Somehow, we’re already on the third week of the NBA season and the excitement hasn’t stopped. It’s actually been crazy to see some of the scores – it’s an accomplishment this season to hold your opponent to under 100 points. Even the slowest teams in the league such as Memphis, San Antonio, and Brooklyn are still seeing a pace of over 100 possessions per game.
Since we don’t have San Antonio as a matchup of the week option, I’m going to quickly plug in that their offensive efficiency is in the top tier of the league, netting them nearly 118 points per 100 possessions per game. To add some context, OKC’s offensive efficiency is only 95.5. On the defensive end, the Spurs haven’t fared as well, with Denver, Boston, and Indiana leading that side, a world ahead of other teams thus far. We aren’t going to get to Indiana or Boston in this week’s column either, but while both teams have looked a little off, they’ve been playing tough-nosed defense and that’s not debatable.
That said, let’s get to this week’s top matchups, featuring teams squaring off against conference rivals.
Toronto Raptors at Milwaukee Bucks
Date and Time: October 29 at 8:00 p.m. EST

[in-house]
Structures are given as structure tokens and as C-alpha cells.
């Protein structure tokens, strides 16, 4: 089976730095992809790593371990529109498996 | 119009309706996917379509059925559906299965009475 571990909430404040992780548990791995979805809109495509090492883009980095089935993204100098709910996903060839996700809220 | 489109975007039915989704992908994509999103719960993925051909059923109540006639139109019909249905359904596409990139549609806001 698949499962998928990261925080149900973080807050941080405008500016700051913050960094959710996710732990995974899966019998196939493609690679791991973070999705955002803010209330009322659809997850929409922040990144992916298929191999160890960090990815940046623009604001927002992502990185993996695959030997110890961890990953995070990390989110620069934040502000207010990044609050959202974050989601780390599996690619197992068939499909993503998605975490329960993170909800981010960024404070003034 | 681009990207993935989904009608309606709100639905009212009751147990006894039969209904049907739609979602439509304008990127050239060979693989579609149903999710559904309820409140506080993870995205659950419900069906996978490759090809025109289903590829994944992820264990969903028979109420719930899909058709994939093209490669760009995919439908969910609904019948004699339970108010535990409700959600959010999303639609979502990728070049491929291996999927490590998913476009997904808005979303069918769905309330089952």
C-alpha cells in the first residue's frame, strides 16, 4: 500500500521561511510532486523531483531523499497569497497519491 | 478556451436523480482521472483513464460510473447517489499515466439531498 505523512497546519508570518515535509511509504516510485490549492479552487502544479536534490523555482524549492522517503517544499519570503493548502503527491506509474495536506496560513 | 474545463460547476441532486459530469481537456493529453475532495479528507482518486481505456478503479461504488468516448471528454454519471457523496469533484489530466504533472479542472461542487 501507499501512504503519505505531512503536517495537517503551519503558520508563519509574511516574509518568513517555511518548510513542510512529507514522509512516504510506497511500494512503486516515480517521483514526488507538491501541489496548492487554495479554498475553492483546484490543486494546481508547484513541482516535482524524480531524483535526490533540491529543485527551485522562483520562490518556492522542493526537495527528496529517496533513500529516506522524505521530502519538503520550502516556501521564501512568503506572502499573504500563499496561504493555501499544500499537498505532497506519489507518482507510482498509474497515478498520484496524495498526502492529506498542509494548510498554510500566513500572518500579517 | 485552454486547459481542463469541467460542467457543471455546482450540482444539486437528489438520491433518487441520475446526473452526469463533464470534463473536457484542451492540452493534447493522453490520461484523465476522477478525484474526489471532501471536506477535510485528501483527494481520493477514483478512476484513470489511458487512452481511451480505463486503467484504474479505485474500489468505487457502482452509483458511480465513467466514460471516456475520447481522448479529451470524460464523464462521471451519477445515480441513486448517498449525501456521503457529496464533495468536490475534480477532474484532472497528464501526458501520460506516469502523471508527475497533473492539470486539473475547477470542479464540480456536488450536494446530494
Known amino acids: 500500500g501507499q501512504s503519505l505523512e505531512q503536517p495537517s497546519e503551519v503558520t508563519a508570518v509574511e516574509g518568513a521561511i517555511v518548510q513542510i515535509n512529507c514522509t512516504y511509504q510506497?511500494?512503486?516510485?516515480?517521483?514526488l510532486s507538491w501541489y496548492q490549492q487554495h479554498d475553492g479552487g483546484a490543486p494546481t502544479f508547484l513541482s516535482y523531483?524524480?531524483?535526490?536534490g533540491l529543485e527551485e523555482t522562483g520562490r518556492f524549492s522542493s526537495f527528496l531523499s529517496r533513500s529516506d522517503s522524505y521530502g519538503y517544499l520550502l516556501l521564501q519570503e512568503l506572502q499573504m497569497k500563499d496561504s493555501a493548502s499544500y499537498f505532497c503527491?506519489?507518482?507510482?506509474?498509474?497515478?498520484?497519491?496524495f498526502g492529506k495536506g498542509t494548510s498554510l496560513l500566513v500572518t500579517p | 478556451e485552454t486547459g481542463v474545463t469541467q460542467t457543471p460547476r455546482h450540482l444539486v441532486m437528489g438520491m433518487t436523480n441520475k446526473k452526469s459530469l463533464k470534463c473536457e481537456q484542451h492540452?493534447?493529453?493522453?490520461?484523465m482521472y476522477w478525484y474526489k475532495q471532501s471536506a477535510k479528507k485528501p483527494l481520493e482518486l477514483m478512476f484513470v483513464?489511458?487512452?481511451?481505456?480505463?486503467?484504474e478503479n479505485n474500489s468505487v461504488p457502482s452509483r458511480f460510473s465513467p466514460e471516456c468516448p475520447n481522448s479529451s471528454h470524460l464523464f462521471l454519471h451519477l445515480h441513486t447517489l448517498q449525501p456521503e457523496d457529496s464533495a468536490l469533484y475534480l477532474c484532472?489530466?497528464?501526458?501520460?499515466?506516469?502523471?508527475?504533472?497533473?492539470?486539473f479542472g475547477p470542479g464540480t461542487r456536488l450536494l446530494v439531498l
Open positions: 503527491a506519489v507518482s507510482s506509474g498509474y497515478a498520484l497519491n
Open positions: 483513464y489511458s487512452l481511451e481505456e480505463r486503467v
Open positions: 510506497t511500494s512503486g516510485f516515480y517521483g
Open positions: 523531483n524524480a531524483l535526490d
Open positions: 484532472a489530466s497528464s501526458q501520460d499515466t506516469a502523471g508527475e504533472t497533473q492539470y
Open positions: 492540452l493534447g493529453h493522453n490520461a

If Kawhi Leonard decides to stay in the East past this season, this could be the most intriguing individual matchup we get the pleasure of watching for years to come. Kawhi and Giannis Antetokounmpo are each physical specimens, but something even better as a basketball fan is tracking their skill progression. Too dig into this, I pulled the first three seasons of their respective careers and averaged them [RA1] – this took them from rookies who didn’t see many minutes all the way to becoming stars.
Kawhi Leonard 2011-2014: 28 minutes, 10.9 points, 5.8 rebounds, 1.6 assists, 1.6 steals
Giannis Antetokounmpo 2013-2016: 30.5 minutes, 12.2 points, 6.3 rebounds, 2.9 assists, 1 steal
There are two things that pop out to me here – the first is that Kawhi has only been in the league two years longer than Giannis but has accomplished a number of different accolades like Finals’ MVP and Defensive Player of the Year already. Giannis is coming, potentially for an MVP this season, but Kawhi is right there, too. The second thing I’ve noticed is that both players had eerily similar stat lines through this time and, while they’ve had different teams and hold different roles, it’s remarkable to see the way they’ve each turned into generational talents after each being picked number 15 in their respective drafts.